Stockholm Syndrome

Last night, over a particularly curious variety of Jamaican beer, I was diagnosed as suffering from Stockholm Syndrome. Not knowing exactly what this was, and erroneously presuming that it had something to do with seal-clubbing, I bashfully had to ask. A subsequent search on the Internet produced this explanation.


As far as I could make out, Stockholm Syndrome was pretty much the same as going native. I had, my drinking comrade was informing me, become far too Sudanese.


We were discussing my bravery – or foolhardiness – of basing myself for a year in Khartoum to write about a tyrannical government bent on eradicating large suathes of the Sudanese population. Apparently, I should count myself quite lucky that I didn’t draw more attention to myself, heralding in my swift removal from the country.


It is almost impossible to resist, at times like this, the urge to defend what the Sudanese government is doing. I don’t mean to. I really don’t. And I do think the government is way out of order on so many things. But I feel oddly affronted when those with an in-depth knowledge of the south (one might hark back to my previous critical comments about the Nairobi press pack) want to lay all blame at the hands of the northern Islamic government.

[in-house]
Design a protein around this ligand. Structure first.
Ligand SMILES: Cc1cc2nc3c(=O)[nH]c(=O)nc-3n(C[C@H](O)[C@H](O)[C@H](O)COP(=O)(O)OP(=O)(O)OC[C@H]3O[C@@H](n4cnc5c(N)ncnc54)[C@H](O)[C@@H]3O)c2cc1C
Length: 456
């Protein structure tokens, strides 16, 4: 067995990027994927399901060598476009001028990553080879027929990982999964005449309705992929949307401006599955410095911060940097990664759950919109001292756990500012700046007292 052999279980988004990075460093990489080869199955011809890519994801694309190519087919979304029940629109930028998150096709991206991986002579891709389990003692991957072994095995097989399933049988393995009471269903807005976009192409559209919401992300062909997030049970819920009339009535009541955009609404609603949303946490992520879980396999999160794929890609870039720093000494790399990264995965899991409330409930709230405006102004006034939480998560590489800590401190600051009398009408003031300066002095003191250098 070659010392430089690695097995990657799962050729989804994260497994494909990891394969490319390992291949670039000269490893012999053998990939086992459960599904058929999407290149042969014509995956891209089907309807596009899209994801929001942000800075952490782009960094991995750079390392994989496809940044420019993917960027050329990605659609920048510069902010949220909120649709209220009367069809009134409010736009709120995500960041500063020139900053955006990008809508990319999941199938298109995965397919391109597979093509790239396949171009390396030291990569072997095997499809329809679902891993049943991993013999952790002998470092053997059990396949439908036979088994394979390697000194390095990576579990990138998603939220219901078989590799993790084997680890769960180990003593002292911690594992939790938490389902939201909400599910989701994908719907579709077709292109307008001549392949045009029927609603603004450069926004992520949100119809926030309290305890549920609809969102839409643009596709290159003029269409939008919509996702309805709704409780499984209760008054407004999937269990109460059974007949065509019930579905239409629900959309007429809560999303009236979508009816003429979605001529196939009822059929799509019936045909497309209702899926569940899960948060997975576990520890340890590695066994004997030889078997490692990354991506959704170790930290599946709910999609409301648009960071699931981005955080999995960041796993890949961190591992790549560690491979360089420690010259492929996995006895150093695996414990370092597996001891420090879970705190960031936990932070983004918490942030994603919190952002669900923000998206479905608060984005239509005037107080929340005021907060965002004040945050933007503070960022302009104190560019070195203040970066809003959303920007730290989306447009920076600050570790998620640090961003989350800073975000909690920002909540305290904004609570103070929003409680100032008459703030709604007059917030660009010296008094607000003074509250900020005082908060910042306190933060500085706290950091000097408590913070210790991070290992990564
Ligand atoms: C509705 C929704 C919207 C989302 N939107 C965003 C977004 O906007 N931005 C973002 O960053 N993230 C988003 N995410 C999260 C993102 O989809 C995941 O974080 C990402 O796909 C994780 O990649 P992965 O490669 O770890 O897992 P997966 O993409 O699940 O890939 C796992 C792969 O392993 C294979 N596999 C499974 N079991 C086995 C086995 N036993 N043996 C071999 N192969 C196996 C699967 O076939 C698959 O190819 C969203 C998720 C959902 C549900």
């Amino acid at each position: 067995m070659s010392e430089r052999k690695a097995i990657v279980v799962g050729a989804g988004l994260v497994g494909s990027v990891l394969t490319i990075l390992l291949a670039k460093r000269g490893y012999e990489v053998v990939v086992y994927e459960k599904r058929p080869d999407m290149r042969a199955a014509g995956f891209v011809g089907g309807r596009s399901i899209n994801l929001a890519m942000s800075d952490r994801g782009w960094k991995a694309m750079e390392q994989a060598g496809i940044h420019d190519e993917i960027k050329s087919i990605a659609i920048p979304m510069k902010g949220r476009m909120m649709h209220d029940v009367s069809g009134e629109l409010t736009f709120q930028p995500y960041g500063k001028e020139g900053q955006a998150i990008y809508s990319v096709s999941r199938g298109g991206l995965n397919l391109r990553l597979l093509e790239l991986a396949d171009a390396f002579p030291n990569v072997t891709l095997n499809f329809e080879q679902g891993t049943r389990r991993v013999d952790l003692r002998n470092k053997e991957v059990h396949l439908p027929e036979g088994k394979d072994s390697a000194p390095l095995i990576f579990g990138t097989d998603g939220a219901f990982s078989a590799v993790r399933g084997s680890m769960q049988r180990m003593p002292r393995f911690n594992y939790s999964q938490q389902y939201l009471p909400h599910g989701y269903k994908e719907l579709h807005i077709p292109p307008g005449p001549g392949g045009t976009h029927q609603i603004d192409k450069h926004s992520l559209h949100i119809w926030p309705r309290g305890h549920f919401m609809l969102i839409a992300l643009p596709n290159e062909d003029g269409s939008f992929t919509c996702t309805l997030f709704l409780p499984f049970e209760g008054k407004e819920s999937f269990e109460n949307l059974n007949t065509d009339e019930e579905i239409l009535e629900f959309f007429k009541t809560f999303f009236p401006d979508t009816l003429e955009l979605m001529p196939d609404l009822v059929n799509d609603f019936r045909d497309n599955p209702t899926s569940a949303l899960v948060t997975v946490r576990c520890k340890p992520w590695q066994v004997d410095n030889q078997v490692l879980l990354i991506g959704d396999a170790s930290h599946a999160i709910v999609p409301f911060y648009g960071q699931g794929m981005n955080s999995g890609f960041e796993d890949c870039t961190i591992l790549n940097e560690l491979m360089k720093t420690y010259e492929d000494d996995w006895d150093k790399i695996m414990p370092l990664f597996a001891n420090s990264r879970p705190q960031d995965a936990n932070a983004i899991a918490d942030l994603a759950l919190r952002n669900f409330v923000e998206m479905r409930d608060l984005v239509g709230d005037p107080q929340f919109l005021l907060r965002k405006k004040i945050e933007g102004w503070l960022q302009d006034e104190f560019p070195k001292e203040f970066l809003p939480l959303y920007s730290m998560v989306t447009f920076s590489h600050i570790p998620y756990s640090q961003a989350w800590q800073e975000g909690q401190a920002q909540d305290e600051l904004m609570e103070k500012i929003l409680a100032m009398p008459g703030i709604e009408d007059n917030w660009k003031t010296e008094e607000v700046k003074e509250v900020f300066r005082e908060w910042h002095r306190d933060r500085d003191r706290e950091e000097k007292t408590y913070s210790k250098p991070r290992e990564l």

We were talking particularly about journalists that have got into trouble in Sudan in the past, to which I voiced a hypothesis that this was more because they were loud, arrogant and failed to understand the Sudanese psychology. It is not difficult to avoid getting thrown out of the country if you know how, and maintain at least a couple of friends in high places.


I know it is crazy to be siding with the government in this blog, when Khartoum clearly is the villain in the play, but hear me out a moment. I fully accept that, unlike most other hacks and many Sudanese experts, I have approached Sudan via the north and am now drifting southwards. Many others Westerners, perhaps because of the heady pleasures of discovering the true tribal Africa, approach the country using a bottom-up methodology, if you will forgive some geeky computer terminology. So it is probably true, therefore, that I have certain sympathies with the Khartoum government, whilst others might sympathise with the southerners.


However, all of this is missing the point and preventing a lasting solution from being found to the country’s current woes. Sudan should really be seen in a holistic way – and one must make an effort to understand the north as well as the south, and I sometimes fear that southern sympathisers are also inclined to Stockholm Syndrome, just from a different perspective.


I have no doubt that I am indeed suffering from this ailment, which should perhaps be more aptly renamed Khartoum Syndrome. The trouble is that many others are suffering from Juba Syndrome. I haven’t yet decided which is worse.


Next year, I plan to spend a large amount of time exploring the south in more detail and maybe my sympathies will shift. Hopefully that will be just the medicine I need.


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One Response to “Stockholm Syndrome”

  1. How to Operate in Sudan « South of West Says:

    […] Blake Evans-Pritchard reckons that journalists only have themselves to blame: We were talking particularly about […]

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